In Ameling, Target store employees told police officers the defendants had walked together to the area in the store where pseudoephedrine, a known methamphetamine precursor, was sold.Summary of this case from State v. Maddox
June 26, 2002
REPORT AND RECOMMENDATION ON DEFENDANTS' MOTIONS TO SUPPRESS
This matter is before the court on motions to suppress evidence filed by the defendants Tina Brown ("Brown)" and Joel Gerard Ameling ("Ameling"). Brown filed her motion and a supporting brief on April 26, 2002 (Doc. Nos. 27 28), and Ameling filed his motion and a supporting brief on May 1, 2002 (Doc. Nos. 30 31). The plaintiff (the "Government") has filed a separate resistance and brief as to each of the defendants' motions (Doc. Nos. 37 38 as to Brown; Doc. Nos. 44 45 as to Ameling). Pursuant to the trial scheduling order entered April 2, 2002 (Doc. No. 16), motions to suppress in this case were assigned to the undersigned United States Magistrate Judge for the filing of a report and recommended disposition.
The court held a combined hearing on the motions on June 3, 2002, at which Assistant United States Attorney Shawn Wehde appeared for the Government; Ameling appeared in person with his attorney, Alfred E. Willett; and Brown appeared in person with her attorney, R. Scott Rhinehart. The Government offered the testimony of the following witnesses: Mike Van Pelt ("Van Pelt"), who is in charge of store security at the Target store in Fort Dodge, Iowa; Lieutenant Dennis Paul Mernka ("Officer Mernka") of the Fort Dodge Police Department; Officer Ryan Joseph Doty ("Officer Doty") of the Fort Dodge Police Department; Captain Warren Leeps ("Officer Leeps") of the Decorah Police Department; and Special Agent Scott Green ("Agent Green") of the Iowa Division of Narcotics Enforcement.
The following exhibits were admitted without objection from any party: Gov't Ex. 1, a video surveillance tape from the Target store in Fort Dodge, Iowa; Gov't Ex. 2, a photograph showing four boxes of Suphedrine (the Target store brand for pseudoephedrine), and two boxes of Sudafed (a brand name for pseudoephedrine); Gov't Ex. 3, two receipts from Target showing purchase of Suphedrine on September 19, 2001; Gov't Ex. 4, a photograph showing two plastic sacks from Target and one plastic sack from K-Mart; Gov't Ex. 5, a photograph of a Marlboro pack, hose clamps, and a Duracell Coppertop nine-volt battery; Gov't Ex. 6, a photograph showing a glass vial and a baggie; Gov't Ex. 7, a photograph showing rubber tubing; Gov't Ex. 8, a photograph showing a propane tank; Gov't Ex. 9, Property Inventory dated 9-19-01; Gov't Ex. 10, a rough drawing of the layout of Ameling's residence; Gov't Ex. 11, an application for a search warrant of Ameling's house, with attachments; Gov't Ex. 12, Search Warrant issued for a search of the residence and outbuildings located at 1321 255th Avenue, Fort Atkinson, Iowa, and certain vehicles; Gov't Ex. 13, Record of Evidence, showing items seized in execution of the search warrant (Gov't Ex. 12); Defense Ex. A, a Hy-Vee receipt dated 09/19/01, showing purchase of a Duracell nine-volt battery, 24 donut holes, and Mountain Dew; and Defense Ex. B, a transcript of an audiotaped interview of Ameling conducted by Officer Doty, dated 9-20-01.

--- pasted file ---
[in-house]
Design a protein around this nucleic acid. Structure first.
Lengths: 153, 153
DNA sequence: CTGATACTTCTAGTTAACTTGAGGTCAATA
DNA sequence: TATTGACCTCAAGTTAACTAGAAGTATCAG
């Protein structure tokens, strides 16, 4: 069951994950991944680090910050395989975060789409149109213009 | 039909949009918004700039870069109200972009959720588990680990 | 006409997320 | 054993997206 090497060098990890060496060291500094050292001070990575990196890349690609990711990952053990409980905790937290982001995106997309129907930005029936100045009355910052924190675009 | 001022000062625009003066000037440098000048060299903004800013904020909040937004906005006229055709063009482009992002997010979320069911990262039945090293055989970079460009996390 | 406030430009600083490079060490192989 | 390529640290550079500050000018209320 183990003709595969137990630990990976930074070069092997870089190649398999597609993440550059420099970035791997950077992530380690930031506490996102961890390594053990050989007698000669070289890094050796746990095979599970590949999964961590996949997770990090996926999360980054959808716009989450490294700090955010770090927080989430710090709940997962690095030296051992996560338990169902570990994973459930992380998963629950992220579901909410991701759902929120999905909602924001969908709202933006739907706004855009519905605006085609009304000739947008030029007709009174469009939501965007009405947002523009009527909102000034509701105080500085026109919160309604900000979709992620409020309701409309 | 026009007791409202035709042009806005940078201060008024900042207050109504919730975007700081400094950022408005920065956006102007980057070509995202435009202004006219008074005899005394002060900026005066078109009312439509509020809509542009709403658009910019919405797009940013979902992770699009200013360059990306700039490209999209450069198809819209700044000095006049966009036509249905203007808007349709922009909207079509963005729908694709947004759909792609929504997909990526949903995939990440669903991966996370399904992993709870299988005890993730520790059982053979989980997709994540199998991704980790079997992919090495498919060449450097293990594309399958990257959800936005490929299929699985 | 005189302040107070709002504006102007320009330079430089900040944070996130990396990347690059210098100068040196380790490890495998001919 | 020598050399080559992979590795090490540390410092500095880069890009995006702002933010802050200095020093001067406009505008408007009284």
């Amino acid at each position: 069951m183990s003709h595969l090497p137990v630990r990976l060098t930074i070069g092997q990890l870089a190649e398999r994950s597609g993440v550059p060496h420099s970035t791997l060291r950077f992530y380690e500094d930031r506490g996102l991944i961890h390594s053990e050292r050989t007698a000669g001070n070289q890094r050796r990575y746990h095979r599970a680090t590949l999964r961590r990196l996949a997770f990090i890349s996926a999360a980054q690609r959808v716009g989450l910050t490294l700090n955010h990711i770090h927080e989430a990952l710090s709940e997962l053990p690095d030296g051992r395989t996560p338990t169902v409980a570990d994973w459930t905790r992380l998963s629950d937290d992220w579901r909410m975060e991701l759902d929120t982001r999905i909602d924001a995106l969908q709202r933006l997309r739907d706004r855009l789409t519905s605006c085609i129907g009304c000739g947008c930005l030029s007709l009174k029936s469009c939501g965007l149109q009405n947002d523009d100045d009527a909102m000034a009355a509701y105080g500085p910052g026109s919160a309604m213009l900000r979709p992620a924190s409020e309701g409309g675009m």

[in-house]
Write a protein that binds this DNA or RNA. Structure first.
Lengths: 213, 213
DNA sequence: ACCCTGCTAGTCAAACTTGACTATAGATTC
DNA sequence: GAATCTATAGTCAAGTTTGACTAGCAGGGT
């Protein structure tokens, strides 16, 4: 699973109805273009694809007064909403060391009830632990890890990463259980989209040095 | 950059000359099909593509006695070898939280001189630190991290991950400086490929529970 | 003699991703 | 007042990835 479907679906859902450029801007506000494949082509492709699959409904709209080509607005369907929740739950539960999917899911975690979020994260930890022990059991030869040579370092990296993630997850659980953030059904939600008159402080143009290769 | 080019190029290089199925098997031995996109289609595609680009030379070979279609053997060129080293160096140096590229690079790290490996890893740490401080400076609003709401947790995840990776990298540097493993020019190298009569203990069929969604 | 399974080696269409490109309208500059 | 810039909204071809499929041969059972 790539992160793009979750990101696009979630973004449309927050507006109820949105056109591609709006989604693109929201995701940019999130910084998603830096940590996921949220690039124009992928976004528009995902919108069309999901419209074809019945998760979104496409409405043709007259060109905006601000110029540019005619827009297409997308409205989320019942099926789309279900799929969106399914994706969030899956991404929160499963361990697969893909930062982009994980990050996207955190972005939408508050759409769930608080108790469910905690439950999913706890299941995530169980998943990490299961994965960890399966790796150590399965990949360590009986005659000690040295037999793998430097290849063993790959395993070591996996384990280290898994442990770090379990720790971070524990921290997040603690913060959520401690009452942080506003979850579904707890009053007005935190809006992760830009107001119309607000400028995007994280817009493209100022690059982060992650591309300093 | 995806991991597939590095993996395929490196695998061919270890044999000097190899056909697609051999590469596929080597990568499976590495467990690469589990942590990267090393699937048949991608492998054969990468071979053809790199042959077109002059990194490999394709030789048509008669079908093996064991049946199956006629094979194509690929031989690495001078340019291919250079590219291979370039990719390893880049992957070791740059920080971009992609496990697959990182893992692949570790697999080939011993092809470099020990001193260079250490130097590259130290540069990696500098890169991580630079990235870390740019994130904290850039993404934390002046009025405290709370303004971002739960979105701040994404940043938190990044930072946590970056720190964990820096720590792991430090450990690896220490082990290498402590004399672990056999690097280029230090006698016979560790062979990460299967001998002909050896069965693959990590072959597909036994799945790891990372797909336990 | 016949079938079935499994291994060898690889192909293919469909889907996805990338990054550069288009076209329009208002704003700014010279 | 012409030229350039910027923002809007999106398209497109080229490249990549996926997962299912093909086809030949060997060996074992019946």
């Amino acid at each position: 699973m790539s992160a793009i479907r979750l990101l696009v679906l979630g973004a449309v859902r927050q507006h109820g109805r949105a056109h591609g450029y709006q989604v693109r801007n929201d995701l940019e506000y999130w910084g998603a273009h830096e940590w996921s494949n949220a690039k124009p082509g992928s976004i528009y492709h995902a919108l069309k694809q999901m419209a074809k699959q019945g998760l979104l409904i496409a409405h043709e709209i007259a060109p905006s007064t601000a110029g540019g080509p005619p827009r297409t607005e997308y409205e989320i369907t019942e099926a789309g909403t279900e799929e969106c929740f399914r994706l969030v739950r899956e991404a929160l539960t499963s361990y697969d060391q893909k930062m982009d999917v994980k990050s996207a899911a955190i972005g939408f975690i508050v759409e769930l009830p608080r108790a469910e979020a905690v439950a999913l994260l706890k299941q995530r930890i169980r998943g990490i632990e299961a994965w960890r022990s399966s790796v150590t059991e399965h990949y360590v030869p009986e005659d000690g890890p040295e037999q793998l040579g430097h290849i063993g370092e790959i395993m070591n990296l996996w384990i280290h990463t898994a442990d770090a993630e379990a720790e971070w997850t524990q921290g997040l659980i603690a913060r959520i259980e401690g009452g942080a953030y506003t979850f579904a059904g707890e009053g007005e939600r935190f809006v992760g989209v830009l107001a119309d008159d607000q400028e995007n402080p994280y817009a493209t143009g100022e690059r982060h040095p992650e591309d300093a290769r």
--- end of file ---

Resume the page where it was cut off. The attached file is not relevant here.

The court has reviewed the parties' briefs and carefully considered the evidence, and now considers the motions ready for decision.
II. FACTUAL BACKGROUND
The same factual background is relevant to both defendants' motions. On September 19, 2001, Van Pelt was working at the Target store in Fort Dodge, Iowa, in charge of store security, watching the video surveillance system monitors. The system is made up of several cameras, including stationary cameras, movable cameras that can be zoomed in or out, outdoor cameras, and public view monitors with a screen and a camera. The movable cameras can be controlled by Van Pelt from within the security office at the store, allowing him to follow people's movements both inside the store, and also outside at least as far away as the Hy-Vee store across the street from Target.
At about 2:45 p.m., while watching the monitors, Van Pelt saw a man and a woman, later identified as Ameling and Brown, in an aisle selecting multiple boxes of pseudoephedrine. Van Pelt testified he continued to watch the couple in order to prevent theft because the store had experienced a lot of theft of pseudoephedrine. In addition, Van Pelt had been through a training course given by the Fort Dodge Police Department that instructed participants to watch for people buying precursors for methamphetamine manufacture, including coffee filters, pill grinders, Coleman fuel, starter fluid, and multiple boxes of pseudoephedrine. Officers had advised store personnel that several people might come to the store together, and split up to purchase these items.